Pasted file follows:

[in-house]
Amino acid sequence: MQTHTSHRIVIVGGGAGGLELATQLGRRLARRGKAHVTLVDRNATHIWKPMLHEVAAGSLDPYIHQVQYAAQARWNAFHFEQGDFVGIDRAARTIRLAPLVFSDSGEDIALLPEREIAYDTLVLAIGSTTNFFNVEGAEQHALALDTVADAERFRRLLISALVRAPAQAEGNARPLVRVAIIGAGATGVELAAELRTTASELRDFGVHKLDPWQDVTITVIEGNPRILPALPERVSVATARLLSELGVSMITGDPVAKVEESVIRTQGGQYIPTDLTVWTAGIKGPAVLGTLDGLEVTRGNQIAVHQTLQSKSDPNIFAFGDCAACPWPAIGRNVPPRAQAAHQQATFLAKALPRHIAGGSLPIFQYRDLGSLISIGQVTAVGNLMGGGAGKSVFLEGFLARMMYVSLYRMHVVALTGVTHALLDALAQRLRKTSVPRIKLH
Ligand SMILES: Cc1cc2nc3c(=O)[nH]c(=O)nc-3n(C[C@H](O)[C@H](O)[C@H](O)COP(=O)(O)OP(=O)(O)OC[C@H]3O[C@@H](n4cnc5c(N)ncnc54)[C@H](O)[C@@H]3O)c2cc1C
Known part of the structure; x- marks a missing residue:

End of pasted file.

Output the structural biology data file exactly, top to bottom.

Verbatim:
[in-house]
Amino acid sequence: MQTHTSHRIVIVGGGAGGLELATQLGRRLARRGKAHVTLVDRNATHIWKPMLHEVAAGSLDPYIHQVQYAAQARWNAFHFEQGDFVGIDRAARTIRLAPLVFSDSGEDIALLPEREIAYDTLVLAIGSTTNFFNVEGAEQHALALDTVADAERFRRLLISALVRAPAQAEGNARPLVRVAIIGAGATGVELAAELRTTASELRDFGVHKLDPWQDVTITVIEGNPRILPALPERVSVATARLLSELGVSMITGDPVAKVEESVIRTQGGQYIPTDLTVWTAGIKGPAVLGTLDGLEVTRGNQIAVHQTLQSKSDPNIFAFGDCAACPWPAIGRNVPPRAQAAHQQATFLAKALPRHIAGGSLPIFQYRDLGSLISIGQVTAVGNLMGGGAGKSVFLEGFLARMMYVSLYRMHVVALTGVTHALLDALAQRLRKTSVPRIKLH
Ligand SMILES: Cc1cc2nc3c(=O)[nH]c(=O)nc-3n(C[C@H](O)[C@H](O)[C@H](O)COP(=O)(O)OP(=O)(O)OC[C@H]3O[C@@H](n4cnc5c(N)ncnc54)[C@H](O)[C@@H]3O)c2cc1C
Known part of the structure; x- marks a missing residue: